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Rugrats: Scavenger Hunt

Score: 100%
ESRB: Everyone
Publisher: THQ
Developer: Realtime Associates
Media: Cartridge/1
Players: 1 - 4
Genre: Board Games/ Family/ Platformer

Graphics & Sound:

The graphics in Rugrats: Scavenger Hunt are really good. If you've ever watched the Rugrats cartoon on Nickelodeon, then you will be amazed at how accurately the characters and artistry are reproduced in the game. The background music in the game sounds just like the music from the cartoons, and helps to set the right mood. Not only that, but the game includes authentic voice acting from the cartoon. If you like the Rugrats cartoon, you probably love the hilarious 'slightly wrong' misunderstandings that the babies all have, from calling a secret passageway a 'secret sausage-way,' to thinking that a 'dust bunny' is an actual bunny. I love the insight into the way these babies see the world. The game is an excellent translation from the Rugrats cartoon.


Rugrats: Scavenger Hunt is a unique game. It's clearly accessible to the youngest of players, but I find it interesting that it is one of the few games that is rated by the ESRB as Everyone, that actually could be fun for everyone. Usually a game marked 'Everyone’ should be read 'Little Kids ONLY,' but I found myself enjoying this game immensely. I played this game with my brother, even though we are both above the age that we would want to let anyone KNOW we had played the Rugrats: Scavenger Hunt game. We played all the way through each of the three games on the cartridge, and were about to play some more, when he had to go to a baseball game. It was actually pretty fun... and VERY entertaining.

The basis of the Rugrats: Scavenger Hunt game is that the babies are going to play board games... each one of the three games inside is a different board game. If that was the end of it, and if the board games were handled in the normal way, the game might possibly be a boring game, not just a board game. HOWEVER, the Rugrats get all involved in the board games in the same way they get involved in their adventures in the cartoons. In Reptar Rally, the babies look like (adorably cute) mutant dinosaur versions of themselves, and have to collect as many sweets as possible to win. In the Pirate Treasure Hunt, the babies don deep-sea diving suits and search for hidden treasure in a sunken ship (in their fish's aquarium, no less). And in Angelica's Temple of Gloom, the babies have to find all of the pieces of a broken Aztec statue before Angelica does, or else...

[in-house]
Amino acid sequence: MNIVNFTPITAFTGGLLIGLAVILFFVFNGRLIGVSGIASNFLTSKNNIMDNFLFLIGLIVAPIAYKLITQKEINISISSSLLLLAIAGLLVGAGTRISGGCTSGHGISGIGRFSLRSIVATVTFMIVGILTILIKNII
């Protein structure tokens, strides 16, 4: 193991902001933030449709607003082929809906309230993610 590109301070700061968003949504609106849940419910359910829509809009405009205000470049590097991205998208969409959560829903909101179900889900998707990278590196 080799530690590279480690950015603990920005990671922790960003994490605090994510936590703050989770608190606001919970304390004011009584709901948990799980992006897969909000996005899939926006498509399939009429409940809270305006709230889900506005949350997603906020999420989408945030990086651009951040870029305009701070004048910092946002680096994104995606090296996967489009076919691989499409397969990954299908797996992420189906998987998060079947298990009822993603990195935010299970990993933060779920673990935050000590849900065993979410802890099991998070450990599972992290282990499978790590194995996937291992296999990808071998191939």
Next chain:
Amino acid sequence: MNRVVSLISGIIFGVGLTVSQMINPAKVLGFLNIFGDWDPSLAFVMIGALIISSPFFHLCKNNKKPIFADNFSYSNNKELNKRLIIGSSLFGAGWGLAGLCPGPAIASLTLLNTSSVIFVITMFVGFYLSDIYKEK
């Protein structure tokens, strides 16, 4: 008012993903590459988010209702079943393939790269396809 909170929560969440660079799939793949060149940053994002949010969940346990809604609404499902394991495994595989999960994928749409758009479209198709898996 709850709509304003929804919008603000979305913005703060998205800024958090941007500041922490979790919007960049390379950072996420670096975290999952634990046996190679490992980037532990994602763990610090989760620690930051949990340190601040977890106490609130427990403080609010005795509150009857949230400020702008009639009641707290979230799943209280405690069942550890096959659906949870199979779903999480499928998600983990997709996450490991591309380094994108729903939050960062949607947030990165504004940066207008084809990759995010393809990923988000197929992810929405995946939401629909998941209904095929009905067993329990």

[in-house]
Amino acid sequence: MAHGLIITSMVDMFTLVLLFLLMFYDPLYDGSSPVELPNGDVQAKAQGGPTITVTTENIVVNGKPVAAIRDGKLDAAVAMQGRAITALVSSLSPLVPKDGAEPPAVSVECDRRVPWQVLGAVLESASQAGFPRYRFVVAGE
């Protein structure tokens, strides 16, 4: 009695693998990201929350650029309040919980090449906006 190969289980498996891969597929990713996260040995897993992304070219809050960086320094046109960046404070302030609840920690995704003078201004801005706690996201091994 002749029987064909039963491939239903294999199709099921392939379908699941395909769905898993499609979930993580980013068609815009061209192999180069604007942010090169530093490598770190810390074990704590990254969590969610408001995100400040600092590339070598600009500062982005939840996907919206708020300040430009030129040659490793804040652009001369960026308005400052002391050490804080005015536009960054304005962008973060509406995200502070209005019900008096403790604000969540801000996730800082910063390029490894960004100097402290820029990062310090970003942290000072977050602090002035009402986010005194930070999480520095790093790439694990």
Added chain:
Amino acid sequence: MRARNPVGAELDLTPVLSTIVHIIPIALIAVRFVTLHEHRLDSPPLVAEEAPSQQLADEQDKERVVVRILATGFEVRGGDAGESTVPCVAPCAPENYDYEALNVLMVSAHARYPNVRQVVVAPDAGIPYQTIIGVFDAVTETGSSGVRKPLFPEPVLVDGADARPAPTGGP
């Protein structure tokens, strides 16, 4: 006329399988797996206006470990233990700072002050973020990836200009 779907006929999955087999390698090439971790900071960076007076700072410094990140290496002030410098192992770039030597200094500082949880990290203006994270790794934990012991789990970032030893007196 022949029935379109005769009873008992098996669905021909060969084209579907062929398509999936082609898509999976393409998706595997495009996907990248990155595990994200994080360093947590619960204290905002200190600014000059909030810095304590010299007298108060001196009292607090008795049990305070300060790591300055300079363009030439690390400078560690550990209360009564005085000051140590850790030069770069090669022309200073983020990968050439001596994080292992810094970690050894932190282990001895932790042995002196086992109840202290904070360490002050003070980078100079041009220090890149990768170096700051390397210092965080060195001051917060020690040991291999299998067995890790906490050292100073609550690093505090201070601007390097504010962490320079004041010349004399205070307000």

The game is a breeze to learn. It is just as easy to play. There are a few simple rules which must be followed, but the entertainment crosses the age barrier, and the game interface has been nicely designed to cross the age barrier just as well. This would be a good game to play with your younger sister (or brother, or cousin). Just be careful - they might want to play again, and again, and again...

Game Mechanics:

The 3D graphics engine works very nicely in Rugrats: Scavenger Hunt. One thing that really jumps out at me is how well the dialog fit the mouth movements when the characters speak. This really allows the player to sit back and accept that they are being allowed to interact with a Rugrats cartoon. The gameplay is pretty straight forward; simply a translation of board games into a video game media, but with the original voices and music, the videogame achieves a much better representation of the cartoon than a board game could ever hope to.

-Geck0, GameVortex Communications
AKA Robert Perkins

Sony PlayStation 2 Psi-Ops: The Mindgate Conspiracy Nintendo 64 V-Rally Edition '99

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